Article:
I hated it all my life up until very recently, and that's because I've finally learned that not having a "friend group" is never going to be the same as not having friends.

SEE ALSO: To The Girls Who Float Between Friend Groups

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Culture Has Changed With Technology, And We Need To Focus More On Human Connection

The way we interact day to day has changed drastically since smart phones have been introduced.


Growing up in an era where you can track your friends, view parties through snap chat stories, and create an entire persona digitally has shaped the way we think and live.

Listening to my parents tell stories about how they grew up, couldn't be further from how kids today spend their summer days. We've all heard our parents complain about how we are on our phones too much and you never see kids playing outside anymore, it's sad that it's true.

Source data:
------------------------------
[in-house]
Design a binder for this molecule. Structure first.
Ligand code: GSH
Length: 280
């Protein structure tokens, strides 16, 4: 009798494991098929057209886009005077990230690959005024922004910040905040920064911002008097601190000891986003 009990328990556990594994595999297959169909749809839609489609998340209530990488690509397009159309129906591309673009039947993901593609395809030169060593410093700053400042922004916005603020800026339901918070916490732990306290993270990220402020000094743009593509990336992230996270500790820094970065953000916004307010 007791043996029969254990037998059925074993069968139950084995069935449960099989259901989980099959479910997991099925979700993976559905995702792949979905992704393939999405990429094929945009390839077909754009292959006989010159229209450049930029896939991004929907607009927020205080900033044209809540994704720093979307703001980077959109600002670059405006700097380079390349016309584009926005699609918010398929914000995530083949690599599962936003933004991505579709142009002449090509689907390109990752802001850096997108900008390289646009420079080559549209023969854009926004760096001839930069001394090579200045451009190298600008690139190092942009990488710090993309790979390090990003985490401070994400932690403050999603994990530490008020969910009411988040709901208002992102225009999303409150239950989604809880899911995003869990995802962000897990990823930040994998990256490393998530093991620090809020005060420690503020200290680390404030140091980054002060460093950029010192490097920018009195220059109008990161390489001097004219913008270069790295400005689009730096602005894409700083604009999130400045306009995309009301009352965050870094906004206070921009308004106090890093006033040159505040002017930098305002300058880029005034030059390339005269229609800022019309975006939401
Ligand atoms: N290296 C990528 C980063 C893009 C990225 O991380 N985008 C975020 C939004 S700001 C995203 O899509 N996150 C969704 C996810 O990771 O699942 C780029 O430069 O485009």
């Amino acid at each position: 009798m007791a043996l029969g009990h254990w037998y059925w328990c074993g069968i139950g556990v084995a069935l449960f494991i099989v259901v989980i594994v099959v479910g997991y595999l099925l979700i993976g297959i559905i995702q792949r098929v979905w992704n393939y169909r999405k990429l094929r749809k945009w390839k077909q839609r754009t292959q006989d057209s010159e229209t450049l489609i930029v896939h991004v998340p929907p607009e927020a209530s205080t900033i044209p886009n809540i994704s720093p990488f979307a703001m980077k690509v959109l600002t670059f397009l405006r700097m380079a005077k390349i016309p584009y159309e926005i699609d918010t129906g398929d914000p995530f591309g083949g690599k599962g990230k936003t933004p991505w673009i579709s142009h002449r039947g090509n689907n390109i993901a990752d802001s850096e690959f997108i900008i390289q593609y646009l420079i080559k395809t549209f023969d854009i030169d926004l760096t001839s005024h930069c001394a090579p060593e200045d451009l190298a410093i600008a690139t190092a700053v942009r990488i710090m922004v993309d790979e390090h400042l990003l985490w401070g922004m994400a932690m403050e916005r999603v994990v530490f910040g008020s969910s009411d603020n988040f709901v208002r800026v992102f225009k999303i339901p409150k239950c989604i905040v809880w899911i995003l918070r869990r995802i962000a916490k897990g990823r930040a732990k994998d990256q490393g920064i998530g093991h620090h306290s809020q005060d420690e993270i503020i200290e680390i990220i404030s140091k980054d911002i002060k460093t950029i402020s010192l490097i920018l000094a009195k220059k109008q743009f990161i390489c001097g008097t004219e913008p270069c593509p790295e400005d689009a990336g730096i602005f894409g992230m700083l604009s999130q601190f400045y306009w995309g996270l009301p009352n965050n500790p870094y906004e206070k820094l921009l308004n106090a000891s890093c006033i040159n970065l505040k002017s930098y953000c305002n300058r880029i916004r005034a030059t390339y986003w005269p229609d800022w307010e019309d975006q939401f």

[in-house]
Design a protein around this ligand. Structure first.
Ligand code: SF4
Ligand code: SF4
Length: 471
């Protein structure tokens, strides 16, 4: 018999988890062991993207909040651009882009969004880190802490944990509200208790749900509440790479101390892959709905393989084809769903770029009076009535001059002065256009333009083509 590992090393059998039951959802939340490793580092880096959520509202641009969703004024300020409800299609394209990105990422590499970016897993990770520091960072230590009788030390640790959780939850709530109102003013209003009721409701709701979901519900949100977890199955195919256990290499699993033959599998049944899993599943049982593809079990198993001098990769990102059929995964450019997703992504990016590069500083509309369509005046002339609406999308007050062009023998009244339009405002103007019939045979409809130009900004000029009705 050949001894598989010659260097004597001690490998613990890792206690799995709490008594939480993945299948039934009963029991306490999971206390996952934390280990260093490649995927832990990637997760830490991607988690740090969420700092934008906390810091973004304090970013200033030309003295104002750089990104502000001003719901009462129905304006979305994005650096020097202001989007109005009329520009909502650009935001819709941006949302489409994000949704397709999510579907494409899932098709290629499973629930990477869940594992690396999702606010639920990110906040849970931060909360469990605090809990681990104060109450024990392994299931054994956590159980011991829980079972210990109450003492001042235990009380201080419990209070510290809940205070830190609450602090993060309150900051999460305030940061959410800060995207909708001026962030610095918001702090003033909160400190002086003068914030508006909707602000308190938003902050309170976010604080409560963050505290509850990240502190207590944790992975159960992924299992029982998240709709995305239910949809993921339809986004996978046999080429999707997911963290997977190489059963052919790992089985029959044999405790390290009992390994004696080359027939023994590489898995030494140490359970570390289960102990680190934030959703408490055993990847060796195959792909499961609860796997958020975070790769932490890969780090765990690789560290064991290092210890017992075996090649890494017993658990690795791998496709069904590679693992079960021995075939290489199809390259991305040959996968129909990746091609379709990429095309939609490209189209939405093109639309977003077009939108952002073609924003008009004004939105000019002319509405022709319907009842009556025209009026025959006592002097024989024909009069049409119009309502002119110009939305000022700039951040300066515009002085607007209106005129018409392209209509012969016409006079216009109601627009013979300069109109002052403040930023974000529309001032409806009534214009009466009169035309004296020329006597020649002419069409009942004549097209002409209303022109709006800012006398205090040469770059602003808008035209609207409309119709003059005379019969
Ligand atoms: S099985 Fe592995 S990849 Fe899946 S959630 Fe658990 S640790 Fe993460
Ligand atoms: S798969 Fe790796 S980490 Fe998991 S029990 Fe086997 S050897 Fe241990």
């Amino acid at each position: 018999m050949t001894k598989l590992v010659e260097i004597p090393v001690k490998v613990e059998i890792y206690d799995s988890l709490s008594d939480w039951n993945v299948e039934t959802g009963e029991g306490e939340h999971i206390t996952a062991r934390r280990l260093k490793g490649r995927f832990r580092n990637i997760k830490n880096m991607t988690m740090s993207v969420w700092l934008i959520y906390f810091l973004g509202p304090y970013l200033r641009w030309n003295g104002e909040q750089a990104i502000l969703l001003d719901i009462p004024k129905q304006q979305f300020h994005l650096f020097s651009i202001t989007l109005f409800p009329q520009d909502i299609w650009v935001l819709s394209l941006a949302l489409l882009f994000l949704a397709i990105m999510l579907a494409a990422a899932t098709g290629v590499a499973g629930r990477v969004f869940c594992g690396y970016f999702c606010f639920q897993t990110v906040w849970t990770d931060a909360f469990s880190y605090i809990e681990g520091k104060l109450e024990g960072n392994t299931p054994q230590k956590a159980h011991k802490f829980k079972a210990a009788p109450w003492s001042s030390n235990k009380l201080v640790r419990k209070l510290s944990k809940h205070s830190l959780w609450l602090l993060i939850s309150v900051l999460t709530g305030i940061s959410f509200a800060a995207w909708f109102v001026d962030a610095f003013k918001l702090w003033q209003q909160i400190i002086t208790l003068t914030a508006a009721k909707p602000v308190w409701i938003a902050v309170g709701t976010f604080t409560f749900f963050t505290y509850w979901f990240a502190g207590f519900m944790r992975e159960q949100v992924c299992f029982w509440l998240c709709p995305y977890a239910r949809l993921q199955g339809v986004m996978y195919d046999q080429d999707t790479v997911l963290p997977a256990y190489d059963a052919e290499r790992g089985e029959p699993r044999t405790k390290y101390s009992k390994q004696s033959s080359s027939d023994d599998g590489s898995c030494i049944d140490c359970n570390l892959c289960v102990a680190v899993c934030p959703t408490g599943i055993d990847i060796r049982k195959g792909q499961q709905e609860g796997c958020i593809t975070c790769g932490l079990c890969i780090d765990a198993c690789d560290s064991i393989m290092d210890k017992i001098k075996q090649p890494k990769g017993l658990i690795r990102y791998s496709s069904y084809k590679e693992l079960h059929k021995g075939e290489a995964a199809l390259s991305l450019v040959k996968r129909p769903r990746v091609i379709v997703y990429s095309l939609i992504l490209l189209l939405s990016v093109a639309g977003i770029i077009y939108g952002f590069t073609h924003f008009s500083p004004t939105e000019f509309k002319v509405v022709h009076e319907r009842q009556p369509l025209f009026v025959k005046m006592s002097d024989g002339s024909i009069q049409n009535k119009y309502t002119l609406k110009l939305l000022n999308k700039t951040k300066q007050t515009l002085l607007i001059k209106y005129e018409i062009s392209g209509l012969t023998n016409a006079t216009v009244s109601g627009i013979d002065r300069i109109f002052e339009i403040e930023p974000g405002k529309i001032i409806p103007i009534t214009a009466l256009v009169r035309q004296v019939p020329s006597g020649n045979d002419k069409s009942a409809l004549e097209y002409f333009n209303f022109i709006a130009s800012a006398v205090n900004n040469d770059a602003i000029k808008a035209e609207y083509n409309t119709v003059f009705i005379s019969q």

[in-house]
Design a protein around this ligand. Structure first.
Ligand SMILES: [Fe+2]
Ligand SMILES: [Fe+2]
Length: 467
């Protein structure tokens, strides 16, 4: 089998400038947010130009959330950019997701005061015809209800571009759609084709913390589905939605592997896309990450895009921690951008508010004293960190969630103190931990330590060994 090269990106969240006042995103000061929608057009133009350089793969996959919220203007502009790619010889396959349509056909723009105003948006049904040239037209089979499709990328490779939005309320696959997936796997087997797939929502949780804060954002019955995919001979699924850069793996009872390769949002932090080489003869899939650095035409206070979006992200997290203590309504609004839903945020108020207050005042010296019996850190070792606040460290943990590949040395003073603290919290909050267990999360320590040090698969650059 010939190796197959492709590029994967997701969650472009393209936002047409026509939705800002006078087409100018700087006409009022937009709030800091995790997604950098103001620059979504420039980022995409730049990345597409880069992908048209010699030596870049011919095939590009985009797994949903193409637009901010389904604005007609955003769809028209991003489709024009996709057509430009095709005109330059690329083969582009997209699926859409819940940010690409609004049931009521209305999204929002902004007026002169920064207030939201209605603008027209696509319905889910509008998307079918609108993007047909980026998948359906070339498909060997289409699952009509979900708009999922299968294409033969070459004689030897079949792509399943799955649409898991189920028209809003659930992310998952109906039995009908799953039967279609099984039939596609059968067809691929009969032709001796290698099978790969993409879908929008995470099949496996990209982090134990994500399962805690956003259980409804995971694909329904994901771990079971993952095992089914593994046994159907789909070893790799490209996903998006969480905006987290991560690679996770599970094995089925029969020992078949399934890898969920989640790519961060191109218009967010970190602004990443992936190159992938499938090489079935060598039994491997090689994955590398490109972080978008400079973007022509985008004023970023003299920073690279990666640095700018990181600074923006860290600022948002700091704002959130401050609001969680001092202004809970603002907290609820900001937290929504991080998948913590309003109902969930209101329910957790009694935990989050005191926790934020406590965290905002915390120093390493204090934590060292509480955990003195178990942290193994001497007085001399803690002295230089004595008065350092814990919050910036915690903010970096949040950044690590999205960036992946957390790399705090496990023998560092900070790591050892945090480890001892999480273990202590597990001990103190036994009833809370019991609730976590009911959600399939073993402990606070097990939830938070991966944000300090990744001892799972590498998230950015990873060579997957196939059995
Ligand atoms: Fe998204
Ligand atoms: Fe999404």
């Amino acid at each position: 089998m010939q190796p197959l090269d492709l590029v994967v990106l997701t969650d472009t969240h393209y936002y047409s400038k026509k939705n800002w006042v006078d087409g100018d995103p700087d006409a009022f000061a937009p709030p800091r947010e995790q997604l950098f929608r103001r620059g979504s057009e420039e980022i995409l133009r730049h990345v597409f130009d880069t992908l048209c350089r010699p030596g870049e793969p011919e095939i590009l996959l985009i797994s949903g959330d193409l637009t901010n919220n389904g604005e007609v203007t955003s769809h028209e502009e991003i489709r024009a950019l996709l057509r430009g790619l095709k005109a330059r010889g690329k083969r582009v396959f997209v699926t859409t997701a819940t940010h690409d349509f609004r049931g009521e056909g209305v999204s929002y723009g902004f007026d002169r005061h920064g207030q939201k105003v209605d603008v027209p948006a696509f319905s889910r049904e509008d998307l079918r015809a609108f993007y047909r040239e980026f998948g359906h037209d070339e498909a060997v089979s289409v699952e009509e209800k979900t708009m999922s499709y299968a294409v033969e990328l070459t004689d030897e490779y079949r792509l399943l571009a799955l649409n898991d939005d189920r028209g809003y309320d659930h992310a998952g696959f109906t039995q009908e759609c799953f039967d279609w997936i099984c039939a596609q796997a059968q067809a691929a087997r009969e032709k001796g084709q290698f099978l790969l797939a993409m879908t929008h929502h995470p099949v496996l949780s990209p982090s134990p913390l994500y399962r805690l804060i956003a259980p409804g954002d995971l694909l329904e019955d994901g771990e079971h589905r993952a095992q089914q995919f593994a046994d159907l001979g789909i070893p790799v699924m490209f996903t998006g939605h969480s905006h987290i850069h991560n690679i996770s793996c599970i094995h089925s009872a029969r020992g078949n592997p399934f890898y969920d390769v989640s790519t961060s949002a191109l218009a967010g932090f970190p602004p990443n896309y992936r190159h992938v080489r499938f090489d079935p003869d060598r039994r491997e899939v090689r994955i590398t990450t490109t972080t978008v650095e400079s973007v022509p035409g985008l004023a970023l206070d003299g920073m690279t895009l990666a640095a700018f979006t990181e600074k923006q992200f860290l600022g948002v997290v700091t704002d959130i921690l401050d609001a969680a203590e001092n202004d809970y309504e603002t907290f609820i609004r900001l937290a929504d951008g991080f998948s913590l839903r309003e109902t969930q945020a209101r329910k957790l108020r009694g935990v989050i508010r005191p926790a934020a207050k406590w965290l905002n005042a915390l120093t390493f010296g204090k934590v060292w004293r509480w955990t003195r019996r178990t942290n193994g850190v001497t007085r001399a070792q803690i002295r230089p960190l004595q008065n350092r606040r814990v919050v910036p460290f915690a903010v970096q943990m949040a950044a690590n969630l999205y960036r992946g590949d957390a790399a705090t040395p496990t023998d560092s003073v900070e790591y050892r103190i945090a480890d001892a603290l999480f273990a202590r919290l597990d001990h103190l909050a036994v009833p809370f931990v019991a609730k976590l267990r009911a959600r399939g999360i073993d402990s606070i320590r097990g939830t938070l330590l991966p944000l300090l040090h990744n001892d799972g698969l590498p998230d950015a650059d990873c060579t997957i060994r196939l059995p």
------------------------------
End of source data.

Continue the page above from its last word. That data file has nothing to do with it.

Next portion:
It scares me to think about how the next generation of kids are going to be because right now we are already faced with countless cyberbullying cases, mental illnesses rising, and obesity amongst young kids. Having grown up when social media in its toddler stage, I don't feel that it has the same effect that it does on kids born in the '00s.

The smallest of things like texting 'here' when you get to a friends house rather than going to the door or honking. Sitting at lunch with friends you feel that undeniable urge to check your phone. Using your phone as a buffer when a situation gets awkward.

Dating has changed, and with the rise of online dating, there is less of a need to go up to someone you like if you can just message them a funny gif to break the ice because talking face to face is too intimidating.

Don't want to leave your house to get food? No problem, have it delivered to your house. Want to break up with someone? Do it over text.

Human interaction is becoming an option; it's becoming something we can avoid. Granted, technology has helped to accomplish amazing things but it is swallowing our social lives and how we live day to day.